May 2, 1917: With dueling no-hitters through 9 innings, it’s the Cubs’ Hippo Vaughn who would be the tough luck loser to the Reds’ Fred Toney. Vaughn gave up a single, followed by an error and then an infield hit which proved to give the Reds a 1-0 win after Toney completed his no-hitter in the 10th.

May 2, 1956: The Giants beat the Cubs 6-5 in a 17-inning affair at Wrigley. But Cub 3B Don Hoak is the notable offender on this day, he strikes out 6 times against 6 different Giant pitchers.

May 4, 2005: Mark Grace hits his first MLB grand slam after 6,136 at-bats. (And drove home drunk for the ?th time)

May 4, 2005: Greg Maddux and Roger Clemens become the 5th set of 300+ game winners to start against each other. The Cubs come away from Minute Maid Park with a 3-2 win. Roger leaves with the syringe in his back pocket, or thereabouts.

May 6, 1998: Kerry Wood sets the NL record with 20 K’s in a game. Kevin Orie makes the game slightly less memorable.

May 7, 2010: Starlin Castro debuts at 20 years old with a three-run homer. Later he adds a bases-loaded triple to become the first player in history to grab 6 RBIs in his debut.

May 8, 1973: Cubs’ manager Whitey Lockman is ejected in the 11th inning which leaves Ernie Banks to manage the remainder of the game. Banks, though not recognized officially as such, becomes MLB’s first black manager in this game.

May 11, 1998: In his next outing, Kerry Wood strikes out 13 against Arizona. No one, on steroids or not, has ever struck out as many as Wood (33) in back-to-back starts.

May 12, 1970: Ernie Banks hits his 500th career homer.

May 12, 1998: Mark Grace hits the 1st homer into the swimming pool behind RF in Arizona.

May 12, 2004: Alex Cora battles Matt Clement for 17 pitches, finally hitting the 18th over the fence. This was not a fun game to attend, trust me, I know.

May 13, 1969: Dick Selma pitches a shutout for the Cubs. His is the third of three consecutive shutouts from Cub pitchers (Fergie Jenkins & Ken Holtzman threw the other two).

May 14, 2000: Eric Young steals 5 bases, Henry Rodriguez piles up 7 RBIS, and Sammy Sosa gets 5 hits. The Cubs somehow lose 16-15.

May 16, 1996: Sammy Sosa hits two HRs in a single inning – the first Cub to ever do so.

May 17, 1979: The Cubs score 22 runs and lose, as only the Cubs can…in 10 innings, and never once did they lead.

May 20, 1920: Chicago police don disguises for a gambling raid on the Wrigley Field bleachers. Dozens are arrested. The Cubs also lose 6-0.

May 20, 2006: En route to a 7-0 loss at the hands of their rivals from the South side, the benches clear when Michael Barrett sucker punches perpetual miscreant AJ Pierzynski after the White Sox catcher slides hard into home plate.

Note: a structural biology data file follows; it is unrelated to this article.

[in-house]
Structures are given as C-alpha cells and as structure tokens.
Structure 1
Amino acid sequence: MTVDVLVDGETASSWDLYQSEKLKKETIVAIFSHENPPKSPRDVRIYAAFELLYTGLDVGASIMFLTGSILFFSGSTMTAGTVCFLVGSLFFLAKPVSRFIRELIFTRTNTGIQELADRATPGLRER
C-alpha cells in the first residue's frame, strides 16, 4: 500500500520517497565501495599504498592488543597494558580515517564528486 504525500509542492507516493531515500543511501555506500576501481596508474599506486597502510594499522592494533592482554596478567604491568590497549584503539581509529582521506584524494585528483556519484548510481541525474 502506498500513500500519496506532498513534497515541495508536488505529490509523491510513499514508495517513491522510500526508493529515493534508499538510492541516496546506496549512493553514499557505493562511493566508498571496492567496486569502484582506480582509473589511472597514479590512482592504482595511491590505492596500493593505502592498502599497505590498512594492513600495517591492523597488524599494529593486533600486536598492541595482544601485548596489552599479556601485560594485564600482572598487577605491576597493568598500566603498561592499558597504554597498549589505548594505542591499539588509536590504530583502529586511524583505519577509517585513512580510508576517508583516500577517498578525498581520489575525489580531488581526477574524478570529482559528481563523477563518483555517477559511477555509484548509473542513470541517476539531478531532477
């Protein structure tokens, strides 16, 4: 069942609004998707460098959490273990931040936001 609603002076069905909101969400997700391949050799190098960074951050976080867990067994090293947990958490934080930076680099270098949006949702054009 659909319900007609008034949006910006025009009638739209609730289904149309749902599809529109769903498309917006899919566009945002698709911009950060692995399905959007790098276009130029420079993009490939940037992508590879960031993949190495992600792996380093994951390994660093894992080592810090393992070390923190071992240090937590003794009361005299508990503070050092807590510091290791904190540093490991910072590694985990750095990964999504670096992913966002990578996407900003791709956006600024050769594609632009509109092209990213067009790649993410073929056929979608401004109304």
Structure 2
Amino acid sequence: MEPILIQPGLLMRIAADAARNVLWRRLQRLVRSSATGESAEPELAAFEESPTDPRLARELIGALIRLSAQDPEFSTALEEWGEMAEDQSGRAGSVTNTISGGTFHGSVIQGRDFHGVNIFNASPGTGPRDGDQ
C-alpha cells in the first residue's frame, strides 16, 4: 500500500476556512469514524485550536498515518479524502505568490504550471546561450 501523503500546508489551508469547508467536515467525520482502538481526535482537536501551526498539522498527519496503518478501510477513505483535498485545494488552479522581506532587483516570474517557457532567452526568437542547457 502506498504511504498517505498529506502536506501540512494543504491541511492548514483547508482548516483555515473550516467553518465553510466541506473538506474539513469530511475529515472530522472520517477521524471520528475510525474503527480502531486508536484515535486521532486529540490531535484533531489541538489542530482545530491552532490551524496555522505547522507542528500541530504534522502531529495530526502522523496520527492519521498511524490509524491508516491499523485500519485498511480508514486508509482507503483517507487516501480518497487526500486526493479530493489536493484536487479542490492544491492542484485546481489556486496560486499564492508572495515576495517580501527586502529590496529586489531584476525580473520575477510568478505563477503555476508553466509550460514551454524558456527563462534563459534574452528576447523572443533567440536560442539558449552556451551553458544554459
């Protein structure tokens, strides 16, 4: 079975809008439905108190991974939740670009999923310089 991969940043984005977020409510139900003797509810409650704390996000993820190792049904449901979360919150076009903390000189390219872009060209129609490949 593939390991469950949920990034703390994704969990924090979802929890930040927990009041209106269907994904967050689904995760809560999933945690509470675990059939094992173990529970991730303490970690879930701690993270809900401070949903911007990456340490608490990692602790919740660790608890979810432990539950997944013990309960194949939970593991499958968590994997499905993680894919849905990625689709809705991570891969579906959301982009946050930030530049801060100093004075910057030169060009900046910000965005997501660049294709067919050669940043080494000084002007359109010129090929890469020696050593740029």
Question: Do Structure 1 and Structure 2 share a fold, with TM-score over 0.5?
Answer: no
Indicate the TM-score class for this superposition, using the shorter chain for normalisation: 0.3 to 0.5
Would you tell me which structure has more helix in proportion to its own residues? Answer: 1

May 22, 1990: Feared slugger Andre Dawson is walked 5 times (all intentionally) during a 2-1, 16-inning win over the Reds. (None of Dawson’s walks would prove pivotal).

May 24, 1957: Frank Ernaga debuts for the Cubs, hitting a HR and a triple with 2 RBIs.

May 25, 1982: Fergie Jenkins records his 3,000 strikeout. He was the 7th pitcher in history to do so.

May 28, 2006: The Cubs score 12 times, give up 8 HRs, and lose by one to the Atlanta Braves. This unfortunate game takes 11-innings to complete.

May 28, 1966: Ron Santo hits a 3-run HR in the 12th inning as the Cubs walk-off against the Braves.

May 29, 1966: Ron Santo hits a solo HR in the 10th inning as the Cubs walk-off against the Braves.

May 30, 1922: Cliff Heathcote plays for the Cardinals in game 1 of a double-header while Max Flack starts for the Cubs. Before game 2, the players are traded. They swap jerseys and start for their new teams in second game. The Cubs win both games.

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Game 31 – Pitching Their Way To A Sweep

Monday, May 6th, 2013

Box Score / Highlights

Star of the Game – Joey Votto – .188 (WPA)

Untimely Pitching
On Friday, Carlos Villanueva was tagged for 4 runs, even though he only surrendered 7 hits. Yesterday, Carlos Marmol coughed up 3 runs, even though he didn’t give up a single hit. And on Sunday, Edwin Jackson let the Reds register 8 hits leading to 4 runs. The bullpen was even worse, Camp & Loe combined for 3 hits that produced 3 runs. The Reds took advantage of every Cubs’ pitcher that struggled to get out of an inning all weekend.